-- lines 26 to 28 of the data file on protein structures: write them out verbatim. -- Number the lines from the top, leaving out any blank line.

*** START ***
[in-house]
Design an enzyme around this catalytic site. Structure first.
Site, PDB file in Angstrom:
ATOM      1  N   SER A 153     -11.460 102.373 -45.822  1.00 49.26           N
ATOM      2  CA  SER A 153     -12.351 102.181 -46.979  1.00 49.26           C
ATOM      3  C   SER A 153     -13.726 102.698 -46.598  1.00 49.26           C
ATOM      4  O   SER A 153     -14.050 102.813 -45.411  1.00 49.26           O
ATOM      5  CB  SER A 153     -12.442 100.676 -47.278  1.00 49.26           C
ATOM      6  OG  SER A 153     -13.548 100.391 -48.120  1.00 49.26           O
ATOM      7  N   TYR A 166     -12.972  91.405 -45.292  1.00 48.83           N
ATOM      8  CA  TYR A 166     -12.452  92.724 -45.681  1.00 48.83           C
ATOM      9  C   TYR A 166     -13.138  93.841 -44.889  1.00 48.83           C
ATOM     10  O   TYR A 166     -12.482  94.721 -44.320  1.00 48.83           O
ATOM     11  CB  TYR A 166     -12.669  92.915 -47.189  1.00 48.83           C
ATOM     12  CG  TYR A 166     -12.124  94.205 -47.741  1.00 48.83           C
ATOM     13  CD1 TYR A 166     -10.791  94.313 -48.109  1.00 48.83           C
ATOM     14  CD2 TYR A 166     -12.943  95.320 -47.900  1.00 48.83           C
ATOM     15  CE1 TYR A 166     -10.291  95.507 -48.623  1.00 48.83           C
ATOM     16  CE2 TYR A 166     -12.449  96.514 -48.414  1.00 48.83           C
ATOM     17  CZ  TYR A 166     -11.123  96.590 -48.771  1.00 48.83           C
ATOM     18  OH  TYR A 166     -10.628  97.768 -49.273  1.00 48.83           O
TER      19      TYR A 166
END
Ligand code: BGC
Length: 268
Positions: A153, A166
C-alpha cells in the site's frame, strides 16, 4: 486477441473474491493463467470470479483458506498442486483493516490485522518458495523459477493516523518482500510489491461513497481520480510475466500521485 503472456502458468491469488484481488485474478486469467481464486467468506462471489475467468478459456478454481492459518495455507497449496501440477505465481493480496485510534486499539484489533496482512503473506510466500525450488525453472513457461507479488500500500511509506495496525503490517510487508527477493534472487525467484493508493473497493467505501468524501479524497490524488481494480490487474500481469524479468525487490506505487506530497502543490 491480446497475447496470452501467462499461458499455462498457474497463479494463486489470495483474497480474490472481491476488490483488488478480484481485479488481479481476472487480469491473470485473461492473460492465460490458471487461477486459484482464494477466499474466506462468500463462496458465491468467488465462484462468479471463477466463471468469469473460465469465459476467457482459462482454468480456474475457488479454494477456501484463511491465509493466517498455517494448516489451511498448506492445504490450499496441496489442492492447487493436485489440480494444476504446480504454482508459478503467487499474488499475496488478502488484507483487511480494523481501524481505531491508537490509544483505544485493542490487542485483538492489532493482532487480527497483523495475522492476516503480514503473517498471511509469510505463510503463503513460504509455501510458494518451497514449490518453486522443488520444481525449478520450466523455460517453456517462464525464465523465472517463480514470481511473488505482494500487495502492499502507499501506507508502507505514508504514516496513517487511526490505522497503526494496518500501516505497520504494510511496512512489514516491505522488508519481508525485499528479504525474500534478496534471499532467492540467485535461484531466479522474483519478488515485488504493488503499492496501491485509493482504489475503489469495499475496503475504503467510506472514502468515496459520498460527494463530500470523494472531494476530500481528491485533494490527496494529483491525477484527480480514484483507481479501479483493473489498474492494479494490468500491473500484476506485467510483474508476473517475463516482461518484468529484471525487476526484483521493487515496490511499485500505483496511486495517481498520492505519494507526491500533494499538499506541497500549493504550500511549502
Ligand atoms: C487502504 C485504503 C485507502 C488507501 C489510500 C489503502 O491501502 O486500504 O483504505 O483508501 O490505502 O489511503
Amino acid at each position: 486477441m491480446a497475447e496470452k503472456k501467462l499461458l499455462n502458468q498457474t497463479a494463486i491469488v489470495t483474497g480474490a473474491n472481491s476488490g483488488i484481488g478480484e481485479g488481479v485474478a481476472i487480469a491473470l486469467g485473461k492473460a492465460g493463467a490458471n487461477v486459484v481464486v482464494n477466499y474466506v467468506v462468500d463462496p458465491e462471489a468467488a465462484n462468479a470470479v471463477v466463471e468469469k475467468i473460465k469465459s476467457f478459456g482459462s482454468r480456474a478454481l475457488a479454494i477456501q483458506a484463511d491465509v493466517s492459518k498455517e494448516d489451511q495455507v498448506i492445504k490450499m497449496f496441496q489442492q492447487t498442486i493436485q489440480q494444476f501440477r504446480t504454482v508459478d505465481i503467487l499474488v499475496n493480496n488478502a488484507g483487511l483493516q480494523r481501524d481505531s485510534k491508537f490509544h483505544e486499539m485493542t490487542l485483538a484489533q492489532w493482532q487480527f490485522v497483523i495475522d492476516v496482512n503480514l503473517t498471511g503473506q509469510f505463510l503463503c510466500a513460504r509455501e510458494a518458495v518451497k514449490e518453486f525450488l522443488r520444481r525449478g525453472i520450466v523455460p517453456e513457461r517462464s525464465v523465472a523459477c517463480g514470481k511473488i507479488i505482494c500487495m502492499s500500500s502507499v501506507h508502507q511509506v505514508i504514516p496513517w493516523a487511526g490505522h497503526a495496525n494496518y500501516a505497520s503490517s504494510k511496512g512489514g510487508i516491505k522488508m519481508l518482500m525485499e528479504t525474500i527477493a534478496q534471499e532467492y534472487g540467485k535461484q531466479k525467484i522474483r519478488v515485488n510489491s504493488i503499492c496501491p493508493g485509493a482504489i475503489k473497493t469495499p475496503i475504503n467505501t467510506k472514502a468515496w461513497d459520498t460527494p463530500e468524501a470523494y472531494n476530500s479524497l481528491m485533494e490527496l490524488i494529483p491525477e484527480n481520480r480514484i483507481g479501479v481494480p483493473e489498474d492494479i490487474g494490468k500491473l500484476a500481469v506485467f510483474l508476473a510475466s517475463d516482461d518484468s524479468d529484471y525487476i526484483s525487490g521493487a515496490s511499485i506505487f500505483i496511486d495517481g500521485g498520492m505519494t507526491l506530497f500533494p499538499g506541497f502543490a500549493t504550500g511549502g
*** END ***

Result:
Positions: A153, A166
C-alpha cells in the site's frame, strides 16, 4: 486477441473474491493463467470470479483458506498442486483493516490485522518458495523459477493516523518482500510489491461513497481520480510475466500521485 503472456502458468491469488484481488485474478486469467481464486467468506462471489475467468478459456478454481492459518495455507497449496501440477505465481493480496485510534486499539484489533496482512503473506510466500525450488525453472513457461507479488500500500511509506495496525503490517510487508527477493534472487525467484493508493473497493467505501468524501479524497490524488481494480490487474500481469524479468525487490506505487506530497502543490 491480446497475447496470452501467462499461458499455462498457474497463479494463486489470495483474497480474490472481491476488490483488488478480484481485479488481479481476472487480469491473470485473461492473460492465460490458471487461477486459484482464494477466499474466506462468500463462496458465491468467488465462484462468479471463477466463471468469469473460465469465459476467457482459462482454468480456474475457488479454494477456501484463511491465509493466517498455517494448516489451511498448506492445504490450499496441496489442492492447487493436485489440480494444476504446480504454482508459478503467487499474488499475496488478502488484507483487511480494523481501524481505531491508537490509544483505544485493542490487542485483538492489532493482532487480527497483523495475522492476516503480514503473517498471511509469510505463510503463503513460504509455501510458494518451497514449490518453486522443488520444481525449478520450466523455460517453456517462464525464465523465472517463480514470481511473488505482494500487495502492499502507499501506507508502507505514508504514516496513517487511526490505522497503526494496518500501516505497520504494510511496512512489514516491505522488508519481508525485499528479504525474500534478496534471499532467492540467485535461484531466479522474483519478488515485488504493488503499492496501491485509493482504489475503489469495499475496503475504503467510506472514502468515496459520498460527494463530500470523494472531494476530500481528491485533494490527496494529483491525477484527480480514484483507481479501479483493473489498474492494479494490468500491473500484476506485467510483474508476473517475463516482461518484468529484471525487476526484483521493487515496490511499485500505483496511486495517481498520492505519494507526491500533494499538499506541497500549493504550500511549502
Ligand atoms: C487502504 C485504503 C485507502 C488507501 C489510500 C489503502 O491501502 O486500504 O483504505 O483508501 O490505502 O489511503